Purpose of Review: This article updates neurologists on recent insights and management strategies of intracerebral hemorrhage (ICH). Recent Findings: Blood pressure reduction likely improves outcomes in patients with intracerebral hemorrhage, although not by the expected mechanism of reducing hematoma growth. One formulation of prothrombin complex concentrate for reversing severe bleeding associated with warfarin is nowapproved by the US Food and Drug Administration (FDA), and specific reversal therapies for the novel oral anticoagulants are in development. Neurologic monitoring frequently detects ICH worsening that requires an intervention. Platelet transfusion and pharmacologic platelet activation are promising and often used as part of patient management but have not yet been shown to improve patient outcomes. Summary: Measurable progress continues toward establishing effective therapies to improve outcomes in patients with ICH. Blood pressure reduction and reversal of medications that exacerbate bleeding are likely to improve outcomes. Recommendations for neuromonitoring will help clinicians at the bedside attend to the most important abnormalities and optimize later quality of life. This article reviews standards for diagnosis and severity of ICH, monitoring and treatment of complications in the hospital, available interventions, and the measurement of outcomes.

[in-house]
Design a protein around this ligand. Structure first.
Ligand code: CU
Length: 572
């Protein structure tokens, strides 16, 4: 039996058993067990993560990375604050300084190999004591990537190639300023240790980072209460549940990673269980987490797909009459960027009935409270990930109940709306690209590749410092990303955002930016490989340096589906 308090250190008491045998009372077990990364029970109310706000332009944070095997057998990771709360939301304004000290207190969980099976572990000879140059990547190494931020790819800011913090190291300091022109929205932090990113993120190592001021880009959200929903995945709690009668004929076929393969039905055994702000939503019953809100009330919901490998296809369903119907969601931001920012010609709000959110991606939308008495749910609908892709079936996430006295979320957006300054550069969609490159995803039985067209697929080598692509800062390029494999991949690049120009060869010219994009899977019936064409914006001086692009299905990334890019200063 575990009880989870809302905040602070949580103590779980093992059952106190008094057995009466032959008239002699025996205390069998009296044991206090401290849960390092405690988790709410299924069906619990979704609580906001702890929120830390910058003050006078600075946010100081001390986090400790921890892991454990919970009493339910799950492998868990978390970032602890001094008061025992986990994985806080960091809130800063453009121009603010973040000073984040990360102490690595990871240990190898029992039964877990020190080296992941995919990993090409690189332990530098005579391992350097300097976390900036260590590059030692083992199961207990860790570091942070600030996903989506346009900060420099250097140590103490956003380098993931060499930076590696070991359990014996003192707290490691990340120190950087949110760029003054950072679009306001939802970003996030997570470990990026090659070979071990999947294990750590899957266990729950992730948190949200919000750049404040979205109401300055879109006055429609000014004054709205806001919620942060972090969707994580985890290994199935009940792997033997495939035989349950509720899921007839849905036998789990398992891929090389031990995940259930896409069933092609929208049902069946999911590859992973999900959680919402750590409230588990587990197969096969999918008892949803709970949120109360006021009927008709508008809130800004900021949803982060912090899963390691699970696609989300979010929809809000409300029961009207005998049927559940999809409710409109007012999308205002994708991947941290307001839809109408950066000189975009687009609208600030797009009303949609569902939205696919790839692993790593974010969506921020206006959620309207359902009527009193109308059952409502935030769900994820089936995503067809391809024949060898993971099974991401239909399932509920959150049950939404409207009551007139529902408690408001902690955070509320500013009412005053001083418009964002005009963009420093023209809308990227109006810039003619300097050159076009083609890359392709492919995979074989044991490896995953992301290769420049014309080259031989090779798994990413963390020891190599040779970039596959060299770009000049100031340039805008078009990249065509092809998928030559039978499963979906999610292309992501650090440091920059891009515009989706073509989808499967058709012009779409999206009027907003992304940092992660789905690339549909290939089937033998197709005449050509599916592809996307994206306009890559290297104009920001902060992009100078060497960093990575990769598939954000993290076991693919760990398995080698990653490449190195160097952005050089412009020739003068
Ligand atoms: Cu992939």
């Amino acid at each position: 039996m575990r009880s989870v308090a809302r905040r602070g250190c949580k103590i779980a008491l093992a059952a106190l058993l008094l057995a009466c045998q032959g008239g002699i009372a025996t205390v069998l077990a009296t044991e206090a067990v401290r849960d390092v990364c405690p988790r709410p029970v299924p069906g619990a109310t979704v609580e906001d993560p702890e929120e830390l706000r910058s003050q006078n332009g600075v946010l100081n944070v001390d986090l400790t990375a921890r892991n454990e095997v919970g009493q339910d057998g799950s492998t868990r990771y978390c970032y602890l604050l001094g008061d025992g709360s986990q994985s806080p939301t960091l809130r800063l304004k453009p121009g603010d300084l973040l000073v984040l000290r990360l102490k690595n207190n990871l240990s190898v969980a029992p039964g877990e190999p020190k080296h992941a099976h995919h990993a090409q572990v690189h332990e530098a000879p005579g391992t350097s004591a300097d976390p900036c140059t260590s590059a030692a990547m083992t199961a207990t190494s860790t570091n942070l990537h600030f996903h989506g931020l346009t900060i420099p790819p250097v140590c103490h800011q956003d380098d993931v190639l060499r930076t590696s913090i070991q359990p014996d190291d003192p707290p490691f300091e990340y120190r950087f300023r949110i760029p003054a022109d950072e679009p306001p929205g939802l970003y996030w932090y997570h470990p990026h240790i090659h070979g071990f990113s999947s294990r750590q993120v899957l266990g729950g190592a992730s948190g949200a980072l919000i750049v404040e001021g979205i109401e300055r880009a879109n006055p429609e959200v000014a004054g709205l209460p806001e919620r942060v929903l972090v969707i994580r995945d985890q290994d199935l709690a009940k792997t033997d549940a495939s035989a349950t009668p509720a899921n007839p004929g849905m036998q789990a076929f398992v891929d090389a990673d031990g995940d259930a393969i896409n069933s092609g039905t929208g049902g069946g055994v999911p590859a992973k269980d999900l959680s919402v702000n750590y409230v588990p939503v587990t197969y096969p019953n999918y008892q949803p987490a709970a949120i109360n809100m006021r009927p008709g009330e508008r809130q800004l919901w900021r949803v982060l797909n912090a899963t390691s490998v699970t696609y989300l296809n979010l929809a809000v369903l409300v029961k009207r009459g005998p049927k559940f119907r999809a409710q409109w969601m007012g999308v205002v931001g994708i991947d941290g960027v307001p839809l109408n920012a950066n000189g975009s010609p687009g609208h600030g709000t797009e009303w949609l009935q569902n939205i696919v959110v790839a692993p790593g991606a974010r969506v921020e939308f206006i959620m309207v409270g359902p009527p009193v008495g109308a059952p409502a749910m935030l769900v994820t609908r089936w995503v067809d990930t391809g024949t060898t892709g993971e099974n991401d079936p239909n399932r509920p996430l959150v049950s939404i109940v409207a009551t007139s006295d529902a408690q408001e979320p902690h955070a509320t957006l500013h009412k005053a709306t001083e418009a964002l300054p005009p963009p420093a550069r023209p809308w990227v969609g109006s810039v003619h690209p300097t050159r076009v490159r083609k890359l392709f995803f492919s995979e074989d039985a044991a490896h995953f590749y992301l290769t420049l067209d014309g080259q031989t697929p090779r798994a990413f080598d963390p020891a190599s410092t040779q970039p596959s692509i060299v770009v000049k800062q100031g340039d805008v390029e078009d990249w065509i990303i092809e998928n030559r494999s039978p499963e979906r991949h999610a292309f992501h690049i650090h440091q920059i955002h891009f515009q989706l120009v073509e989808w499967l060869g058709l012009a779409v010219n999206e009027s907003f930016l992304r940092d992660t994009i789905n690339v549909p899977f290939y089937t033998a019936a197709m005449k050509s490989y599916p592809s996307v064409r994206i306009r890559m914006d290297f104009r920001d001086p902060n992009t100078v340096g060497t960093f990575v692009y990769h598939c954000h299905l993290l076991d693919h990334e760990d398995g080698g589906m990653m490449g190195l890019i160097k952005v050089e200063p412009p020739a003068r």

ASJC Scopus subject areas
- Clinical Neurology